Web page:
I chewed on this for about a week, trying to decide what exactly I wanted to do and how. Then came the long awaited Windsor report. This is a report from the Lambeth commission that was to make a pronoucement on how the church would proceed concerning the consecration of Gene Robinson and the issue of some churches blessing same sex relationships. The vast majority of the Anglican Communion is against this activity, and it also contradicts the previous General Convention pronouncements. It happened that I was up late that night, not an uncommon occurance because I work nights and have trouble sleeping on a normal schedule. So I started reading the news announcements which basicly stated the American Bishops who had participated in the consecration needed to "apologize" as did those participating in same sex blessings, but it stopped far short of stating it was wrong and would not be tolerated. As I read the news on it I sat in front of my computer and cried. I cried because the report also notes that if those involved in activities that were against the teachings of the church' against the majority of orthodox Anglicans than the choice would likely be "to walk apart". There it was, in black and white, that the church that had survived 500 years was likely to break apart. It also was in black and white that all American Episcopals would also have to choose whether to continue to walk with the direction the church was going, or choose to walk apart as well. Because about half of the leadership of the American Episcopal church is on the liberal side of this divide it meant in effect that various parishes will either stay with the ECUSA or leave for the newly formed American Anglican Council that is orthodox, and by extension each member of the Episcopal parishes would have to choose to stay with their church or not depending on which group their parish would decide to go with. And it would be wrong to believe a parish may simply opt to take their church and leave the ECUSA. I won't get into all the legal specifics of it, suffice it to say that it is not a simple matter.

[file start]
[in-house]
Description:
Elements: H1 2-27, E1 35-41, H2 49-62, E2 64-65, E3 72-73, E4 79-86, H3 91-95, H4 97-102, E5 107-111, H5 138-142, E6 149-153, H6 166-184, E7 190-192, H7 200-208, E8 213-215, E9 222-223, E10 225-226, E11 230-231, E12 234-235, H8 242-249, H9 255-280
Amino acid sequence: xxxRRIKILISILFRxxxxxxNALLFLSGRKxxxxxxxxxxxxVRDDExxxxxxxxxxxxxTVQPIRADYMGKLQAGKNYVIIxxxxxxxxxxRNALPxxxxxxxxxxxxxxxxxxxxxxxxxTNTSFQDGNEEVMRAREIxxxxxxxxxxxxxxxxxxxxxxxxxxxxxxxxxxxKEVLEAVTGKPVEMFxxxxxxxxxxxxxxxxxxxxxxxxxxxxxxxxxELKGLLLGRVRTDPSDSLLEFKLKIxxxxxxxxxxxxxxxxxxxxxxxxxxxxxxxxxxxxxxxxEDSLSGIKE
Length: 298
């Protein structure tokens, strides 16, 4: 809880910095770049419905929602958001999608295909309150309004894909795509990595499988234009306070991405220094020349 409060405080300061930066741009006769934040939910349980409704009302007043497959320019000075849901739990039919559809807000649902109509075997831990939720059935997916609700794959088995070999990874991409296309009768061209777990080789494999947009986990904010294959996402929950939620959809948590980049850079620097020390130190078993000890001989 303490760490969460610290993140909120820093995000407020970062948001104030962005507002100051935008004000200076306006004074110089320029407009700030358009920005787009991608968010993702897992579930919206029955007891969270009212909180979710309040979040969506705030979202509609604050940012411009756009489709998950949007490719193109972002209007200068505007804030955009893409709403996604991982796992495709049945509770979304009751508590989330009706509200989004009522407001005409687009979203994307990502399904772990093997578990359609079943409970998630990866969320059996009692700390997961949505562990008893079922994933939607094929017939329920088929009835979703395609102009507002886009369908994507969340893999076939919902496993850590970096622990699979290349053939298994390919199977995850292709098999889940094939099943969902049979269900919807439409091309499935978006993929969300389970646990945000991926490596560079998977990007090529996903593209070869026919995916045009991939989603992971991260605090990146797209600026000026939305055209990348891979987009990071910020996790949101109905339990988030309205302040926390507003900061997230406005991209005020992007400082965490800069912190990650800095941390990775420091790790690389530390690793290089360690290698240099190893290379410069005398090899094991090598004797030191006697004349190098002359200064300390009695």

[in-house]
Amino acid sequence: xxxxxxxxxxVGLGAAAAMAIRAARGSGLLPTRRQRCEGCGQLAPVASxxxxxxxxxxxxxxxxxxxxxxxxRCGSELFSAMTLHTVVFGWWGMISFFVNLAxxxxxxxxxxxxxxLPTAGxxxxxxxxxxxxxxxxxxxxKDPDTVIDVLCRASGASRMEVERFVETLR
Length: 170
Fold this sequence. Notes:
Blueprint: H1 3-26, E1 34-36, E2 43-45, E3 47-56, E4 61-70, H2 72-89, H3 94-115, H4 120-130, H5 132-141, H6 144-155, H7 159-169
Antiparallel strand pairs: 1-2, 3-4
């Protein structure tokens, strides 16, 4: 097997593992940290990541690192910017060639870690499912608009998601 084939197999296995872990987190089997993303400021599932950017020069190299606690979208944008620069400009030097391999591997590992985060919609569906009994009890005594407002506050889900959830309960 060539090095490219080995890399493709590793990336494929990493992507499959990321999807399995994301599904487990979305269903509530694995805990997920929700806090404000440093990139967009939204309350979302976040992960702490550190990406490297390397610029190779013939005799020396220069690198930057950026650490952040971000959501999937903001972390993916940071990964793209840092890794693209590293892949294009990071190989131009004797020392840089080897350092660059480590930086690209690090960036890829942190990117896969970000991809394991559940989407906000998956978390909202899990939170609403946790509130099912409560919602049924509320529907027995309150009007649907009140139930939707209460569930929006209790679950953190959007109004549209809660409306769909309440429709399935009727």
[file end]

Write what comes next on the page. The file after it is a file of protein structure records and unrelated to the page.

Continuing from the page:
For me this meant that it was imperative that I speak personally with a Priest from my parish. I sat up that night writing a long, difficult letter to one of my Priests and requested he either call me or email back so we could set up a time to meet and talk things over. A couple days later I heard from him and we set up a time. In the intervening days I came down with a nasty upper respirtory infection and called the church to let him know I could not make the meeting and to get ahold of me to reschedule.